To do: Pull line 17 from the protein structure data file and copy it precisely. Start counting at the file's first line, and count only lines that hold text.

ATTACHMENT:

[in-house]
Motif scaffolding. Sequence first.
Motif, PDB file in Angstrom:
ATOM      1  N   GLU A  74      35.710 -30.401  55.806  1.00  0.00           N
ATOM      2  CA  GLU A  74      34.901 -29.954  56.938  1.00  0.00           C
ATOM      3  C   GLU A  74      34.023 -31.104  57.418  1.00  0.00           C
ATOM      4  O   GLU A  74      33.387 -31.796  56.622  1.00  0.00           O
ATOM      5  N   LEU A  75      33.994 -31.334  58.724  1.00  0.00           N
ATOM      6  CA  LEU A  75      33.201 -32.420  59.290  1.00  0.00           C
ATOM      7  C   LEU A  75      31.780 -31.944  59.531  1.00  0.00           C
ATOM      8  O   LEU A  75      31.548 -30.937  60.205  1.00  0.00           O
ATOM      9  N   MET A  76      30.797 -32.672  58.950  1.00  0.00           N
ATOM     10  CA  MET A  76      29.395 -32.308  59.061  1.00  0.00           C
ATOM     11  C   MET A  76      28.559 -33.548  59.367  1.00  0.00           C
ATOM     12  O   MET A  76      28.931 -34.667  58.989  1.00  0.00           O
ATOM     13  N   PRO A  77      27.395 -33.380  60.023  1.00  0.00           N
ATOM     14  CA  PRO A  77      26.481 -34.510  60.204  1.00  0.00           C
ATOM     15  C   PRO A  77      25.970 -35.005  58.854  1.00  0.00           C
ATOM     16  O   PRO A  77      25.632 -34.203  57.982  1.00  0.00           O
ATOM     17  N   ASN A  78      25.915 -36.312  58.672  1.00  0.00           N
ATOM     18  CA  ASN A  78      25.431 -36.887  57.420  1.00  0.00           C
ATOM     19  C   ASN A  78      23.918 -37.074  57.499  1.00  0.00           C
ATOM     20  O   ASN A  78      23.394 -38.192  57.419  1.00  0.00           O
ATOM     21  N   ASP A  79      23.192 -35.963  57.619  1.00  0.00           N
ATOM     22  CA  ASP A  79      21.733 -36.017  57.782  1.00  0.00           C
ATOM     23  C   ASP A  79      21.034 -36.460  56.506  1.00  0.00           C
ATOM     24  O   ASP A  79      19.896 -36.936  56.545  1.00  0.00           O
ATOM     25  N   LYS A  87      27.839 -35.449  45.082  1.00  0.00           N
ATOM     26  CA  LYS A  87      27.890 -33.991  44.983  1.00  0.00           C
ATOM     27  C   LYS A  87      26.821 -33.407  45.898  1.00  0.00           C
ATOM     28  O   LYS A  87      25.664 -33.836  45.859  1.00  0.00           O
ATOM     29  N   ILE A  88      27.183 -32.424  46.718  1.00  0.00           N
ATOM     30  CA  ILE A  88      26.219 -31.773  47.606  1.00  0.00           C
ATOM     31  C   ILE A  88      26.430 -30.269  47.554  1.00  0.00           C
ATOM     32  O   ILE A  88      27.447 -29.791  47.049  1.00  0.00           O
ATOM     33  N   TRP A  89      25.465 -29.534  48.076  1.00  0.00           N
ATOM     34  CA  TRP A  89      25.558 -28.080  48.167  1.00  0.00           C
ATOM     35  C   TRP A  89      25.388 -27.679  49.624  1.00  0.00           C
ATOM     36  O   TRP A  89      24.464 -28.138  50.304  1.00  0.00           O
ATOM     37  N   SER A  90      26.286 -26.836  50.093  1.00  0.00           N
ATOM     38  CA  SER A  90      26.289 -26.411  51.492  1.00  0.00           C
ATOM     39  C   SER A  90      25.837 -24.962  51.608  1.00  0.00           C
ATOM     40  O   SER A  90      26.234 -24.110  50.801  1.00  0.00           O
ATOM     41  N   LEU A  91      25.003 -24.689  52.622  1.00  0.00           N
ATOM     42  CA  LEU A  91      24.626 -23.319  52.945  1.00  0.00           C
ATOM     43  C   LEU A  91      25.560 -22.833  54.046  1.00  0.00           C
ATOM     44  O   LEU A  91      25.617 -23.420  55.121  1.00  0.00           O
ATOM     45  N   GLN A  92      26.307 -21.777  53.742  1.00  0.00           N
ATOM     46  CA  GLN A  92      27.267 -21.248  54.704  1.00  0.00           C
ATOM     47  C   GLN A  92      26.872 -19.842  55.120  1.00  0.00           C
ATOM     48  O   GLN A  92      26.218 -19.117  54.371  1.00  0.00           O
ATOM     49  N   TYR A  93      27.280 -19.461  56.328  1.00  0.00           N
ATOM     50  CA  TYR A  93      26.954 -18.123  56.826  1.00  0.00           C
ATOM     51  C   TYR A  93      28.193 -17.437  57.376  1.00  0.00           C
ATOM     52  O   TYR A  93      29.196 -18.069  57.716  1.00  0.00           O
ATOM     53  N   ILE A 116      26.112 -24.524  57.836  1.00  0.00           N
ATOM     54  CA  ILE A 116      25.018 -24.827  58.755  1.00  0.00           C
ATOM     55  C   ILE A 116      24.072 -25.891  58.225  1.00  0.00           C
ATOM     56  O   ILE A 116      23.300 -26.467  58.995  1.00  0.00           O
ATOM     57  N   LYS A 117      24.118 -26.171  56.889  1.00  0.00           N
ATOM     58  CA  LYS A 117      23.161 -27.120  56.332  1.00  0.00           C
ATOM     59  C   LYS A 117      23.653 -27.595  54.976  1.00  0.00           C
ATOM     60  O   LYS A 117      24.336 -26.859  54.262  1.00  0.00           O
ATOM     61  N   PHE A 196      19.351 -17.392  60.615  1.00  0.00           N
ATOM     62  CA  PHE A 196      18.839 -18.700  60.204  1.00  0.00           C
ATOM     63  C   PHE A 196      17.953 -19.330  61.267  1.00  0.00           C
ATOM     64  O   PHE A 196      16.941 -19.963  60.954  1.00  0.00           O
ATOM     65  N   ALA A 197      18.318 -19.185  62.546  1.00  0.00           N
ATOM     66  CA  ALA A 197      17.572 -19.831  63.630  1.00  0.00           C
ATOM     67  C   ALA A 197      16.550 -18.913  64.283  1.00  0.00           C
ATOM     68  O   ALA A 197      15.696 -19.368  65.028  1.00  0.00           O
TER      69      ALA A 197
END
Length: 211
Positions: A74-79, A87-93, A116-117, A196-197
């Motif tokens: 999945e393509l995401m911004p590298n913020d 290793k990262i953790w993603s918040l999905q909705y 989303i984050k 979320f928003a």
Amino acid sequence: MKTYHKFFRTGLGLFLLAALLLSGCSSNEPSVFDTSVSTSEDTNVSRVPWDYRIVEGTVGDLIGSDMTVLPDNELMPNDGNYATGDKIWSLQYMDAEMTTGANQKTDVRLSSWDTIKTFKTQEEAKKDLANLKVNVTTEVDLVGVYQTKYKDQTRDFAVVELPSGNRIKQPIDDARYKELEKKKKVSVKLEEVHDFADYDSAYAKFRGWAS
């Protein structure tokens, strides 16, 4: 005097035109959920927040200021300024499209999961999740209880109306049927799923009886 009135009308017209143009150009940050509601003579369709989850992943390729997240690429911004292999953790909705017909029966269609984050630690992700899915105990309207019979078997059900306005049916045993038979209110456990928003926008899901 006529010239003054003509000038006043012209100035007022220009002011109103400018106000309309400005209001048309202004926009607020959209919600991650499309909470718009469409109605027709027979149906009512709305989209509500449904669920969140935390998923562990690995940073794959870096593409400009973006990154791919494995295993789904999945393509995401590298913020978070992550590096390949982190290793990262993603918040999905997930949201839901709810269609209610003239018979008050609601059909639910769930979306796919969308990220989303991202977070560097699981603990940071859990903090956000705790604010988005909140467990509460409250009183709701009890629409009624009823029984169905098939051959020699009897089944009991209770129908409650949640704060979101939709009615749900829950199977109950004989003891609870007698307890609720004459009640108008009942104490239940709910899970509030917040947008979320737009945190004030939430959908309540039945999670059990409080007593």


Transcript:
ATOM     14  CA  PRO A  77      26.481 -34.510  60.204  1.00  0.00           C